Virginia Henderson’s Theory
Proposed by Virginia Henderson in 1960 in the United States, and then expanded upon in 1968, this model focuses nursing staff on the physiological and then on the psychological and social needs that can be met through nursing care. The main thing in this model is the participation of the patient himself in the planning and implementation of care. The theory suggests 14 needs for everyday life. A healthy person does not experience difficulties in meeting these needs. At the same time, a sick person is not able to do this on his own, so nursing care should be aimed at restoring the independence of the individual as soon as possible.
Using Theory in Nursing Practice
The main task of the nurse is to find the patient’s weak points, as well as the thoughts, feelings and history of the patient. Specialists should determine the time for carrying out certain activities of the plan, guided by the results of a continuous assessment of readiness for them by the patient and his family (Grove & Gray, 2018). The patient must recognize and use the potential of his own and his family in order to develop a plan of action. Plans should be aimed at solving all the problems identified by the nurse in the process of working with the family (Grove & Gray, 2018). The nurse must determine which approaches to coping are preferred by the patient and his family, and evaluate their effectiveness. The specialist must constantly work on plans of action based on the situation in the family.
The Purpose of Applying the Theory
The main goal of applying this strategy is that it is the joint action that contributes to the fastest and most effective treatment of the individual. The nurse, together with the patient, determines the problem that exists in him – the one that caused his hospitalization, as well as the priorities and attitudes of family members to certain areas of activity (Grove & Gray, 2018). This problem is long-term, and there is a long period ahead, during which all efforts will have to be directed to overcoming the causes that caused the problem (Grove & Gray, 2018). The patient and his family must understand and realize this. The patient should use the potential of himself and his family in order to develop a plan of action.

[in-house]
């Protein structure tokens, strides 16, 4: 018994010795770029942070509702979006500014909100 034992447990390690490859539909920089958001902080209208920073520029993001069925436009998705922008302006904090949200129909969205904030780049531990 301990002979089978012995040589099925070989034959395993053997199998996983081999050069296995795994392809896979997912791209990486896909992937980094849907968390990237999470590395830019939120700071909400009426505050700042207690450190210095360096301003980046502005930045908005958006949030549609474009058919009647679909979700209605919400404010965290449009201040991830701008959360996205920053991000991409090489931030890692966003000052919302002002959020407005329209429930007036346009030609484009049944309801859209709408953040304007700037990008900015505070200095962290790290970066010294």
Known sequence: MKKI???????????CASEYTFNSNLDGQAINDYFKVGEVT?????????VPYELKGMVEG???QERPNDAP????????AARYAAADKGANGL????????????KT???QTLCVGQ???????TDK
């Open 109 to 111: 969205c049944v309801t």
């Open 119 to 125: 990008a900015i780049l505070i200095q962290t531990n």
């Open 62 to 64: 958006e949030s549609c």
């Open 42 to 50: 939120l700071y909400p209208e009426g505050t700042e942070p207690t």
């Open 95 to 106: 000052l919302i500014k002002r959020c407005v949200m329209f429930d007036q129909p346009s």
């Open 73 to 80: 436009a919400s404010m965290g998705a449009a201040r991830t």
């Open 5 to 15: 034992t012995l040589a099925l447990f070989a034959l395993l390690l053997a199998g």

In order to consider in more detail the application of such a theory in nursing, I decided to give an example. There is a situation where the patient is admitted to the therapeutic department with a diagnosis of hypertensive crisis, accompanied by his wife and two sons. In the process of examination, I note that the patient is overweight and is worried about his condition. During the initial assessment of the patient’s condition, it is necessary to collect the most detailed information about the patient and his family. Any information is useful, especially what health problems and diseases were in the family before; how did the family solve these problems; what means did they use; what was the contribution of each family member to solving these problems. In addition, the patient gives a description of his daily life, work, nutrition, exercise, family.
When getting acquainted with several models from the many existing ones, it is clear that there is no single model today. Practitioners in many countries use several models at the same time, and the choice of model depends on the inability of the patient to meet certain needs. Understanding the already developed models helps to choose those that are suitable for a particular patient (Grove & Gray, 2018). Based on the foregoing, the subject of further research should be the search for the most effective implementation of the system in treatment so that the theory becomes universal.
Grove, S. K. & Gray, J. R. (2018). Understanding nursing research. Building an evidence-based practice. Elsevier Health Sciences.